CANMORE, Alta – Provincial Fish and Wildlife officers have been forced to euthanize a sick and debilitated adult female elk later diagnosed with a bacterial disease rarely found in elk.
The elk carcass was taken to a lab in Calgary where testing confirmed its untimely death was due to a clostridial disease, which has also been documented in a handful of elk in neighbouring Banff National Park.
“I can’t say it hasn’t been identified before (outside the park), but this is the first time in 22 years I’ve ever interacted with it,” said Mark Hoskin, a district Fish and Wildlife officer.
A handful of suspicious deaths in Banff’s elk herd, which carries the liver fluke parasite, were discovered in the national park over the past two years, including one carcass found near the Banff recreation grounds in January.
Necropsies, which are surgical examinations of dead animals, and Parks Canada’s wildlife veterinarian working with a pathologist, were able to determine the cause of death was clostridial disease.
These were the first known documented cases of the disease in elk in Canada, although that doesn’t necessarily mean the disease is only found here; it may mean it hasn’t been diagnosed elsewhere.
In the recent Canmore case, Hoskin said the female elk was euthanized on June 7 near the Rundle neighbourhood on the south side of Canmore.
“It was laying down and it would not get back up… it was rocking its head back and forth,” Hoskin said.
“Its neck looked like a lather; you know, a horse when it has been running hot too long and it looks like it’s lathered.”
Clostridial diseases are caused by anaerobic bacteria that are widespread in the environment, particularly in soil, and can be fatal.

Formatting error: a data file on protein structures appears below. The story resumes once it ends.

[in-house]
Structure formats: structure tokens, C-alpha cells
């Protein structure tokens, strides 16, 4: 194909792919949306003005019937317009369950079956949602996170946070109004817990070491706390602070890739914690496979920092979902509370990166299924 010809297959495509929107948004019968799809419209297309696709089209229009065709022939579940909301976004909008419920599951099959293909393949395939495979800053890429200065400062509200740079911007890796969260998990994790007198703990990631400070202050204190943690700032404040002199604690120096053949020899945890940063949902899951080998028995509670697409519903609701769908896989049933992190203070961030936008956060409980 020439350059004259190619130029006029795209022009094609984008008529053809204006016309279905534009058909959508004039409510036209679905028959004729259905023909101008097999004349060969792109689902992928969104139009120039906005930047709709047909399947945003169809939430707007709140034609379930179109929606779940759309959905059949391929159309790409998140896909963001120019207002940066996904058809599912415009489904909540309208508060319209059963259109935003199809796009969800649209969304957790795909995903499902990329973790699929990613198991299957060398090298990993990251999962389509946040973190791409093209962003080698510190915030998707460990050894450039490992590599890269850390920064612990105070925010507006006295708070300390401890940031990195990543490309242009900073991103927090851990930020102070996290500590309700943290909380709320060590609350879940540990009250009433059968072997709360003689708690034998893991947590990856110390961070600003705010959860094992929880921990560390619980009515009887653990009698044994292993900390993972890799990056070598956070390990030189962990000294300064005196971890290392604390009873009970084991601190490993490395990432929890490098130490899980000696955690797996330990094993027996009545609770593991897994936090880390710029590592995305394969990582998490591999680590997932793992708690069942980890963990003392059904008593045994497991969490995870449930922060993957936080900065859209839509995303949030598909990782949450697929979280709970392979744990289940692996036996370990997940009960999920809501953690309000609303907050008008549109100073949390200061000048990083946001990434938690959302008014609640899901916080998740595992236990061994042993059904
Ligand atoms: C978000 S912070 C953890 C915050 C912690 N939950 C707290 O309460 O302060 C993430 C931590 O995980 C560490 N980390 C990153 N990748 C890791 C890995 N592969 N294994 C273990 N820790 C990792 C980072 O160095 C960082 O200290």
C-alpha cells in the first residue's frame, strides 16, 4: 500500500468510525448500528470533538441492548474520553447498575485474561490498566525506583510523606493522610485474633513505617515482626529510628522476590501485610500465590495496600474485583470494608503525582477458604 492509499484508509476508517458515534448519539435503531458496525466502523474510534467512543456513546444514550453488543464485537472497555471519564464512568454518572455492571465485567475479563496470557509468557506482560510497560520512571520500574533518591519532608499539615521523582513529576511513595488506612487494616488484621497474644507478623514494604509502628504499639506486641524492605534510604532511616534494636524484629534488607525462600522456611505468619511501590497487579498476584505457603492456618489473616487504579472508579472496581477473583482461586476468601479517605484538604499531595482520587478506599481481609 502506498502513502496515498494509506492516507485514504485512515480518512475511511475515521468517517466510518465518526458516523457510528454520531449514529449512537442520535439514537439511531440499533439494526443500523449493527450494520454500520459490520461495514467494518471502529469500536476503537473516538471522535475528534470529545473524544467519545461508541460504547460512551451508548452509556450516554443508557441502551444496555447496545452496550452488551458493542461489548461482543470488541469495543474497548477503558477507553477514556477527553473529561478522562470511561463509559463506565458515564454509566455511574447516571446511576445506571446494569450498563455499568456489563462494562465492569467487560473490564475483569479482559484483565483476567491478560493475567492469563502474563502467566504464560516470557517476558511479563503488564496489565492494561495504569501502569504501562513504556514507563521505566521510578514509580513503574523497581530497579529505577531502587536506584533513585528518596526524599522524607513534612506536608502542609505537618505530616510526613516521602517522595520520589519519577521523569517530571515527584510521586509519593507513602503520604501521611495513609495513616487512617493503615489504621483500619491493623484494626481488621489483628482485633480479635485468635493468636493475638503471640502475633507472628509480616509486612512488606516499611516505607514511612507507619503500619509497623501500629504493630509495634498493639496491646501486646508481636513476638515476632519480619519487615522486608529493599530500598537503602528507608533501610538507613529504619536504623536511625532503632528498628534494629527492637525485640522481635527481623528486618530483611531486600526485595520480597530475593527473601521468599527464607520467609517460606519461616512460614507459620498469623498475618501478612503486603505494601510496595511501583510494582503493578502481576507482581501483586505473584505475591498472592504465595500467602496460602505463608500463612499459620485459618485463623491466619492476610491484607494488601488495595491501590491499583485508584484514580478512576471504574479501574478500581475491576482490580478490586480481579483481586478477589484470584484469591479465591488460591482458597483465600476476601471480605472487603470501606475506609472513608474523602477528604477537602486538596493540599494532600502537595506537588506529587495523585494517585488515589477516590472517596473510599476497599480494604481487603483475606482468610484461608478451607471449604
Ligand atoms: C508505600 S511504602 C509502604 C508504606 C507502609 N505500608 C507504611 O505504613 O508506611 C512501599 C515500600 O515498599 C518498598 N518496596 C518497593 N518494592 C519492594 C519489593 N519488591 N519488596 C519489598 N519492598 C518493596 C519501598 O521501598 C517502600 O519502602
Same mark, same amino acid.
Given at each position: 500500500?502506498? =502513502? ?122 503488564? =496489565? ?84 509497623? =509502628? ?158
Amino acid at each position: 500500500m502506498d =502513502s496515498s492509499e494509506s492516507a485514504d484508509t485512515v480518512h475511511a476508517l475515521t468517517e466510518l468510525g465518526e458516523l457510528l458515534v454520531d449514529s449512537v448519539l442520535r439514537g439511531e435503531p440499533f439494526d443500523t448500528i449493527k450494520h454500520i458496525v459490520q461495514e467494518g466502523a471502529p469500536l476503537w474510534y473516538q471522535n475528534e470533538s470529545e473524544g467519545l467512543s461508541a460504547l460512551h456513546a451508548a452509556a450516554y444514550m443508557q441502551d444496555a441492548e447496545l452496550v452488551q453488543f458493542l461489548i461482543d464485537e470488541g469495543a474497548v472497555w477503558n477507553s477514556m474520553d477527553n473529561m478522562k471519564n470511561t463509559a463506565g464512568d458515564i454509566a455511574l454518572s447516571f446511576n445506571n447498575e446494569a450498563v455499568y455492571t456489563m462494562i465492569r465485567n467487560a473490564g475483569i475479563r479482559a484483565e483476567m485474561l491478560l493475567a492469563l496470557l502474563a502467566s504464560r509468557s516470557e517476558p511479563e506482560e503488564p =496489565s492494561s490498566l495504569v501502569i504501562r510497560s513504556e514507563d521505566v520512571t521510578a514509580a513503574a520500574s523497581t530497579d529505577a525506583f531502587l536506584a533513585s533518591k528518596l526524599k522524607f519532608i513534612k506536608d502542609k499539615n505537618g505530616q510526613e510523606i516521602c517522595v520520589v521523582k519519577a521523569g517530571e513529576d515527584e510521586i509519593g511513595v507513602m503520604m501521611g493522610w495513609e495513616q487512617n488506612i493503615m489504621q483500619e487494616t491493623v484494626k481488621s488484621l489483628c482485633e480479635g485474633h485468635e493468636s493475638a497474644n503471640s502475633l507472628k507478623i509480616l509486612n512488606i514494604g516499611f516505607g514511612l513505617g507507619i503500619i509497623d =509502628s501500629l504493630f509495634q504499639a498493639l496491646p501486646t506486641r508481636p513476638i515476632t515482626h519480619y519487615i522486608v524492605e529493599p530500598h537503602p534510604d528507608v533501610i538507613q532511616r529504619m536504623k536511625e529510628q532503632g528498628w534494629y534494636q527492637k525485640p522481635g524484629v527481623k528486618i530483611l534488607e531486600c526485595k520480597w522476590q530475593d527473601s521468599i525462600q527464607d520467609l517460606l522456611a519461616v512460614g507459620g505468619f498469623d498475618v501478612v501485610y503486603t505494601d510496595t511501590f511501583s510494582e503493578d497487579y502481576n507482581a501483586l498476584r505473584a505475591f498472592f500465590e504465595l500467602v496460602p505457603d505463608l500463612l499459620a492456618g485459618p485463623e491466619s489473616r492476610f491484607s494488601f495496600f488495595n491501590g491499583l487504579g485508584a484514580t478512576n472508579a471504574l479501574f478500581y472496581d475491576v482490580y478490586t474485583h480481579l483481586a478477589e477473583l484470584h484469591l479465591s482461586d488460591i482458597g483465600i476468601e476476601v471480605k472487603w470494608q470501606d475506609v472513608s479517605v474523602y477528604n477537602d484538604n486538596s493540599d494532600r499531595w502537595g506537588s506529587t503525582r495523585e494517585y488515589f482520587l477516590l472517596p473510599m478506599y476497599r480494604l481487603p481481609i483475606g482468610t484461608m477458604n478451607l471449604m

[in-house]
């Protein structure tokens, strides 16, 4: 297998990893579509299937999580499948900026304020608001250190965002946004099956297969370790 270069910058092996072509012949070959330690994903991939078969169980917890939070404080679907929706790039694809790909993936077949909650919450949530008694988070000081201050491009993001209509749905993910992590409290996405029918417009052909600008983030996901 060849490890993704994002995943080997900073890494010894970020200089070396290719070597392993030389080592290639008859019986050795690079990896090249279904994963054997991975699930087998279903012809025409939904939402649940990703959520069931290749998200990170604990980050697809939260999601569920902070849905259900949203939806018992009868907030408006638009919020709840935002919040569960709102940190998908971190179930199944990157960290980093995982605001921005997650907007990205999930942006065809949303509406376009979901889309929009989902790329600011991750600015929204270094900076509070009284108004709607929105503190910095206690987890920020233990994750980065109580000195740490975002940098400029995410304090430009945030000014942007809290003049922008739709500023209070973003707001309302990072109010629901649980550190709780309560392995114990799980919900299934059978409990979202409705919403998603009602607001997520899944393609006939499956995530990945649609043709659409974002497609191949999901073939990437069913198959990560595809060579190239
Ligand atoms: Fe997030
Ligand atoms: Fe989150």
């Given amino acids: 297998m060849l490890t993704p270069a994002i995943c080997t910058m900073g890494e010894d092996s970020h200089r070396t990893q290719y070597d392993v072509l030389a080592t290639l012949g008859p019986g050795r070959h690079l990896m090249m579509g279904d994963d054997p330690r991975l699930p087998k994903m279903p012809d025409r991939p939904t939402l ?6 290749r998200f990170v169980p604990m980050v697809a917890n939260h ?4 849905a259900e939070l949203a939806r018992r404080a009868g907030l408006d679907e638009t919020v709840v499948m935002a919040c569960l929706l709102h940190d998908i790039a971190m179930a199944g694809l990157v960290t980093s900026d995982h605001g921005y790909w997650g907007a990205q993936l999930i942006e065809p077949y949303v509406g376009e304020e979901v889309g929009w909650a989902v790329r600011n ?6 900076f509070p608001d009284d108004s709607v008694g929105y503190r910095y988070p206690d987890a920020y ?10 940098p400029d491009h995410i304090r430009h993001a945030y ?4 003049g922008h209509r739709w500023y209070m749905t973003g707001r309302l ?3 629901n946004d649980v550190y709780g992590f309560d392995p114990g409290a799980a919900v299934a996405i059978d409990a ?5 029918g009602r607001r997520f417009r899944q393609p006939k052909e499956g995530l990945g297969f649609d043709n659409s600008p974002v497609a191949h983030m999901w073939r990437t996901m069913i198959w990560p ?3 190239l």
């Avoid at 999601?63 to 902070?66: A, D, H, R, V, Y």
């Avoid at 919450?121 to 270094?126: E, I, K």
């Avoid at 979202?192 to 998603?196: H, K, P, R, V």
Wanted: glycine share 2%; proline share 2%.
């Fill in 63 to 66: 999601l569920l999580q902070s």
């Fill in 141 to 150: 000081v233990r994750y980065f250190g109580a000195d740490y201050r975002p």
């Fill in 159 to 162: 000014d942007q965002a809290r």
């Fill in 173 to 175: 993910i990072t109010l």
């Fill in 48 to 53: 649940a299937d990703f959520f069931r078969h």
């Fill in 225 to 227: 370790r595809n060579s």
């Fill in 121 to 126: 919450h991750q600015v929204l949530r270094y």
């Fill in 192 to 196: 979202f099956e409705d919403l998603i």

Margo Pybus, Alberta’s provincial wildlife disease specialist, said the elk diagnosed with clostridial disease also had giant liver flukes, a naturally occurring parasite prevalent in elk in Banff National Park and spilling into the Canmore area.
“My understanding is all of the infected elk have had giant liver fluke as a predisposing factor,” said Phybus, who co-authored a 2015 research paper titled An Expanding Population of the Giant Liver Fluke in Elk and Other Ungulates in Canada.
“It’s a real interesting animal in that it lives in the liver, but it kind of chews its way through the liver. It kind of lays the foundation or provides the opportunity for the clostridium bacteria, which are fairly common environmental contaminants,” she added.
“In some individual elk, the clostridium runs away with things, gets into the bloodstream and causes a disease that’s related to the bacterium and is far more a problem for the elk than what the original giant liver fluke was.”
According to the 2015 research paper, giant liver fluke populations readily expand under suitable conditions.
Although extirpated from the eastern slopes of the Canadian Rocky Mountains in the early 1960s, the fluke reappeared following natural spread through mountain passes from British Columbia.
Researchers assessed the character, ecology, and potential causes of outbreaks of the fluke population two decades later.
Between 1984 and 1991, 534 ungulates, including 381 elk, 68 mule deer, 54 white-tailed deer, and 31 moose from adjacent areas of Alberta and British Columbia were examined for giant liver flukes.
Prevalence in elk increased from 53 per cent to 79 per cent (1984-1991) in Banff National Park and transmission occurred primarily in late summer-fall and in wet habitats.
“Super-infections (greater than 100 flukes) were more common in later years,” according to Pybus’ research paper.
“Generally, prevalence increased over time and with increasing age of elk.”
Giant liver flukes appear to contribute to the mortality of heavily infected individual elk. The research found that at least seven elk died as a direct result of fluke infection.
“Generally it is not fatal, but it can be, and then there’s also the opportunity for this secondary clostridial infection to become fatal,” said Pybus.
“The clostridium isn’t something that we flag for further investigation.”